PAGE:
KUALA LUMPUR, May 4 — There was change in the air. It was our last meal before the lockdown in New Zealand started. We were not greeted with warm smiles but forms to fill with our details: names, contact number, name of hotel.
“The authorities require it, I’m afraid,” the hostess at the front of house informed us. “Just in case. So we’d be able to contact anyone if anyone is affected.”
That was over a month ago. Now we’re back home in Malaysia and the Conditional Movement Control Order (CMCO) starts today.
Restaurants and cafes are now allowed to serve dine-in customers, subject to standard operating procedures which include social distancing and recording the names and telephone numbers of customers and the dates of their visit.
There’s a sense of déjà vu for us.
For the food and beverage (F&B) industry, however, which has been hit hard by the ongoing lockdown, even operating with conditions may appear to be a lifeline.
For customers, who have thus far been limited to takeaways and deliveries, it’s one step closer to life as it was before the Covid-19 pandemic forced a lockdown.
To ease the burden of F&B eateries registering customers, Mulah has created a Covid-19 Customer Walk-In Registry System targeted at restaurants and cafés.
Founded in 2016, Mulah is a homegrown customer relationship management (CRM) company that helps brick-and-mortar businesses collect and utilise their data to grow.
Mulah operations manager Samuel U says, “We have been in the brick-and-mortar niche for the past couple of years, and just want to serve and give back to the industry that has helped make our company a success so far – about 70 per cent of our clientele are from F&B!”
Since launching the system last Friday evening, close to a hundred brands with 250 outlets have already signed up within the first 24 hours.
These include Go Noodle House, Tai Thong Group, Nippon Sushi Group, Penang Chendul, Paradise Group, Vivo Pizza, Purple Cane Restaurants and others.
Short of being a full-fledged app, the web-based registry system is intuitive enough for the average user. First, the customers scan a dedicated QR code or visit the site. Next they key in their phone number and check in on their phone.
To complete the process, customers register their name, NRIC and temperature on their phones.
Participating restaurants and cafés are expected to have temperature scanners on site, which is common practice now at most F&B establishments and supermarkets.
For F&B business owners, getting started is a straightforward process too. According to Samuel, they simply need to fill in their outlet’s name and contact details on the registry website over at https://bit.ly/C19Registry. They will then receive their outlet’s QR code within 1-2 working days.
The main benefit of having customers scan a QR code instead of using pen and paper is to minimise physical contact between the customers and any physical objects.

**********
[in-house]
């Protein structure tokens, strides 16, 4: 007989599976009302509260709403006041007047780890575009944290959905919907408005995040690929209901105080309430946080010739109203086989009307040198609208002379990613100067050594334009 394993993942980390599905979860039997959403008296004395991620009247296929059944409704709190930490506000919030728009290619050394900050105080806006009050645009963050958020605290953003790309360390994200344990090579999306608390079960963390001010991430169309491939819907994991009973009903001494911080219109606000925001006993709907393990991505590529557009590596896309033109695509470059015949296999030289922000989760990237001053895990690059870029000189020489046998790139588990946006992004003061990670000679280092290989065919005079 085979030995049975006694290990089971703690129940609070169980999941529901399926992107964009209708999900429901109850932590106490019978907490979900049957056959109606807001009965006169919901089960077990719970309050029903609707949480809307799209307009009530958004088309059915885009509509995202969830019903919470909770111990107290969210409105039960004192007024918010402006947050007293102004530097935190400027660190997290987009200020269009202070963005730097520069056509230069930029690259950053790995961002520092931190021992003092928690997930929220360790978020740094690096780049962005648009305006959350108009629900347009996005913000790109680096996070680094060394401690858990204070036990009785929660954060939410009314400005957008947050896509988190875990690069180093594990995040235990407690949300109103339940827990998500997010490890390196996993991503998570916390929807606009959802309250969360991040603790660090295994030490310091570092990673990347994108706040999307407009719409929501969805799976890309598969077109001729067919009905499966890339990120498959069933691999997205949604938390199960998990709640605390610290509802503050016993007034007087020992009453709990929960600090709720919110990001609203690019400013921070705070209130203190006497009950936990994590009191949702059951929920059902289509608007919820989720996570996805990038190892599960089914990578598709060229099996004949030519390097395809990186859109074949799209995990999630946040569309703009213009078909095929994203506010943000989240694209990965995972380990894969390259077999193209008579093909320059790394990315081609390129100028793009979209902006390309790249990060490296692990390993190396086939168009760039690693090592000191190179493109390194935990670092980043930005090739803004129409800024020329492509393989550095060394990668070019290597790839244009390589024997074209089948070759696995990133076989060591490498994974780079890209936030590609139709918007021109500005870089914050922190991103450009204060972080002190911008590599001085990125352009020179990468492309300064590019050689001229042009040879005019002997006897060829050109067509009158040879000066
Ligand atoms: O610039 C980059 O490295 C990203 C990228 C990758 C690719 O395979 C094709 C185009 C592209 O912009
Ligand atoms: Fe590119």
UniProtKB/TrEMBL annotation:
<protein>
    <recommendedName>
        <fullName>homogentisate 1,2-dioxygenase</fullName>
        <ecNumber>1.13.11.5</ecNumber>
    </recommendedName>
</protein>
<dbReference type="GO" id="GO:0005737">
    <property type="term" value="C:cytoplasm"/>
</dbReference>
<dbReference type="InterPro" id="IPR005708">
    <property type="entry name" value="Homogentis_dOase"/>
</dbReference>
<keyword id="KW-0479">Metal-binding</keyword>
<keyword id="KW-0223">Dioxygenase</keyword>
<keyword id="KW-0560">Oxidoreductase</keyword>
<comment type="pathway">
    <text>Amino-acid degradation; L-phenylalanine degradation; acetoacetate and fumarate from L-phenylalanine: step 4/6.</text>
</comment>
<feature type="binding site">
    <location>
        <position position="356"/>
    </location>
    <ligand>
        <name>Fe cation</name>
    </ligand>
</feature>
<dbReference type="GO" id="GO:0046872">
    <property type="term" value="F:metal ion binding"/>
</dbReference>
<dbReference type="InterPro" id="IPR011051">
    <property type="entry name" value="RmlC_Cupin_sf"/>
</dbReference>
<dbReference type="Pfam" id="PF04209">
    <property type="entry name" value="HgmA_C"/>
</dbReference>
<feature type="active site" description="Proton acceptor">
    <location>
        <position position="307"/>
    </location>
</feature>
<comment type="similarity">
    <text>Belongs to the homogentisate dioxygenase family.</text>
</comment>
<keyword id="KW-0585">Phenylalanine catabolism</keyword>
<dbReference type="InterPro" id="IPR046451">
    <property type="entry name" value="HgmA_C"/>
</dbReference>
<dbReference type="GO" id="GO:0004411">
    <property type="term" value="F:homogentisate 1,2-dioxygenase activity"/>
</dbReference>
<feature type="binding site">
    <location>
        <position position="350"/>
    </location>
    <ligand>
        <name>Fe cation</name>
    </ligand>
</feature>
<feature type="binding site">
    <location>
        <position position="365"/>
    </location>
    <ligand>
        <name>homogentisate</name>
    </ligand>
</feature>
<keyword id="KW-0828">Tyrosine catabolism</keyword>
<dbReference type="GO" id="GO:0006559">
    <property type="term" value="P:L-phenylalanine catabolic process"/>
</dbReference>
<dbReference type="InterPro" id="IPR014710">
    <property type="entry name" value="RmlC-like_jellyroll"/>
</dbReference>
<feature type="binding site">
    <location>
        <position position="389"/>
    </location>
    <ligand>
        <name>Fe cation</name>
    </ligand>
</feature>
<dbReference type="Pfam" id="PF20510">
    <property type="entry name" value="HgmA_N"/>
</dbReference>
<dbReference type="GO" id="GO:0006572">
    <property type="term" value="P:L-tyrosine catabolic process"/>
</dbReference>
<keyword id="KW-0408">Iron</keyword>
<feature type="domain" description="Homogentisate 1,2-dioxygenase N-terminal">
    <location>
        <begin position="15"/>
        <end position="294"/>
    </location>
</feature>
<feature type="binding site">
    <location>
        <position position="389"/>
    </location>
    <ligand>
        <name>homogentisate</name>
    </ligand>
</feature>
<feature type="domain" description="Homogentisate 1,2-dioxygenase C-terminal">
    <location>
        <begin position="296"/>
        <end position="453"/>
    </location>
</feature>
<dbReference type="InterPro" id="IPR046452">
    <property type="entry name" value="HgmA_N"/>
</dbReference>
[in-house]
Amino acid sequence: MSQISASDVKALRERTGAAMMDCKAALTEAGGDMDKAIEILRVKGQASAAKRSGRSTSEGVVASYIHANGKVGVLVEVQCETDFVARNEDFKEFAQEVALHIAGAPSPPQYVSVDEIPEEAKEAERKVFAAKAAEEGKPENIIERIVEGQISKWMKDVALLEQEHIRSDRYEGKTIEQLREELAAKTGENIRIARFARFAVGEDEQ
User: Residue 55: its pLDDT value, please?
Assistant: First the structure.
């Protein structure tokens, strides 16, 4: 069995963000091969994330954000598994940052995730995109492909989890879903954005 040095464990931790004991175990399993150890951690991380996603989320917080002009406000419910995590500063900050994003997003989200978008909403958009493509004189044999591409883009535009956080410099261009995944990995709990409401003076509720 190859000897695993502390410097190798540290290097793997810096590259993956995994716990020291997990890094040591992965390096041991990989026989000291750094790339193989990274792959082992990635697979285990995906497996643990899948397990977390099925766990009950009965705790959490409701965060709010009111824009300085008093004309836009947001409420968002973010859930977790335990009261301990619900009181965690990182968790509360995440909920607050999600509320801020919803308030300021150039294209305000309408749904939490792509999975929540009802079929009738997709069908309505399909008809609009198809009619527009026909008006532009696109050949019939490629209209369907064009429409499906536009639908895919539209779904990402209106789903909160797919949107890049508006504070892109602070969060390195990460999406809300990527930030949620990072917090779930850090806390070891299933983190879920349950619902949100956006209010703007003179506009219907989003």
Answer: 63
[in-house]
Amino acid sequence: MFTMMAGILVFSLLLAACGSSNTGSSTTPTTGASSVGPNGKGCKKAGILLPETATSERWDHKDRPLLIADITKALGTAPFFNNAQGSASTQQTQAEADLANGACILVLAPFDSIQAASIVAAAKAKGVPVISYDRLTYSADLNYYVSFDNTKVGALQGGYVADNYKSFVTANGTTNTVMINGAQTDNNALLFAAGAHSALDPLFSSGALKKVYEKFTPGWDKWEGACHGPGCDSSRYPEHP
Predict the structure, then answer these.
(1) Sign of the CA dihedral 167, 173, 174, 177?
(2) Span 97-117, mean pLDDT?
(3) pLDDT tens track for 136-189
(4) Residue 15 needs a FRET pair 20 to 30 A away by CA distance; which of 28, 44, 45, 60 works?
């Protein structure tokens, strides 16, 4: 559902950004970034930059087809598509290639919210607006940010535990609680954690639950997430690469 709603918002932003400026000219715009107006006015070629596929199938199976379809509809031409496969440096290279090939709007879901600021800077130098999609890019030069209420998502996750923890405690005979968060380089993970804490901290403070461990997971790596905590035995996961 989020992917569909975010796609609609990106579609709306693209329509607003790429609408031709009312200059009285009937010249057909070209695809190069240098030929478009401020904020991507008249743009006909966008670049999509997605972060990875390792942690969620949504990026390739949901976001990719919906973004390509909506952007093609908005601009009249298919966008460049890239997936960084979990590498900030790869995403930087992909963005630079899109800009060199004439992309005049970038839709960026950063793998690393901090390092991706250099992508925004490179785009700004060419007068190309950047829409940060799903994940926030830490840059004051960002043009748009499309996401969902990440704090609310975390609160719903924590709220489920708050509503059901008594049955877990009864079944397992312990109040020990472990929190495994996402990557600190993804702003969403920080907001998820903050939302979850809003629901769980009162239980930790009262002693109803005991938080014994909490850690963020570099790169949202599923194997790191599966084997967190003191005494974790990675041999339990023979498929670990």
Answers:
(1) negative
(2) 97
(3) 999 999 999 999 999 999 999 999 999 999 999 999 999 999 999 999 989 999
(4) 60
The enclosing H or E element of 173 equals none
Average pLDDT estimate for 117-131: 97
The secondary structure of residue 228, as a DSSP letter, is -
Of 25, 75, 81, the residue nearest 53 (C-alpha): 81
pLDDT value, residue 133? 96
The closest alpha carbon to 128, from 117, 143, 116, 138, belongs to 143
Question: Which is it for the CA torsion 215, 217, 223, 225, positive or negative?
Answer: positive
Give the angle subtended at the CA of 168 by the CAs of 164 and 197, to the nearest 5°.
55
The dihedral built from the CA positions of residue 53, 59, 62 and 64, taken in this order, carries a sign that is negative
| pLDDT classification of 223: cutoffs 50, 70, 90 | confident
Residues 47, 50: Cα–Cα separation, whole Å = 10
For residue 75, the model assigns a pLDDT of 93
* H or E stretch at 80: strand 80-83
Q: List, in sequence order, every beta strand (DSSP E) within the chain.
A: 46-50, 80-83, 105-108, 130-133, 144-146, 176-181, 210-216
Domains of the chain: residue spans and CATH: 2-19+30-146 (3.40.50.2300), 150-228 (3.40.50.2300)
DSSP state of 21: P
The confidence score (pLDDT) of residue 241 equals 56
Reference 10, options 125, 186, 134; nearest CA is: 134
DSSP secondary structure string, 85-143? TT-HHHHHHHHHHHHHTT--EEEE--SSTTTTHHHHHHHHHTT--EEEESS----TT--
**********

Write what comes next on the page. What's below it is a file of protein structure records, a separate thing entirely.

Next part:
By using their own phones, more customers can check in at the participating restaurants and cafés at the same time without needing to wait in line to register via the laborious pen and paper route.
Samuel further adds that businesses don’t have to download any app to use this system. He says, “You just need to have an A4 paper with your QR Code printed on it to use it.”
The covid19registry.com.my system automatically detects if customers are already checked in and will only allow customers who are already checked in to check out. Furthermore, customers don’t need to register their information each time they dine in.
Samuel says, “Customers only need to key in their name and NRIC — a requirement by Majlis Keselamatan Negara (MKN) — once. After that, they will only need to key in their phone number and temperature each time they visit the establishment. If the government does not require the NRIC in the future, we will remove it from the system as well.”
Perhaps the biggest selling point to cash-strapped F&B entrepreneurs is how Mulah promises that the Covid-19 Walk-in Customer Registry will be free for life. Samuel says, “We believe that the more we give back to this community, the more we will be rewarded in the long run – so long as the restaurant and retail industry grows, we will grow along, together.”
Nonetheless, one grey area remains — whether the restaurants and cafés will be able to use this data to reach out to their customers. Samuel observes, “If you do not ask for consent from the customer to use their data for marketing communication purposes, you should not be able to. However, we will include a consent for marketing communication checkbox for customers.”
For now, everything remains in a state of flux as the public adjusts to the day-to-day challenges of living with the new realities of Covid-19.
Every little bit of help can go a long way in returning things closer to normal, even if we may never go back entirely to the way things were before.
So, what’s a bit of registration then when you can enjoy your favourite meal safely and help your regular food spot survive?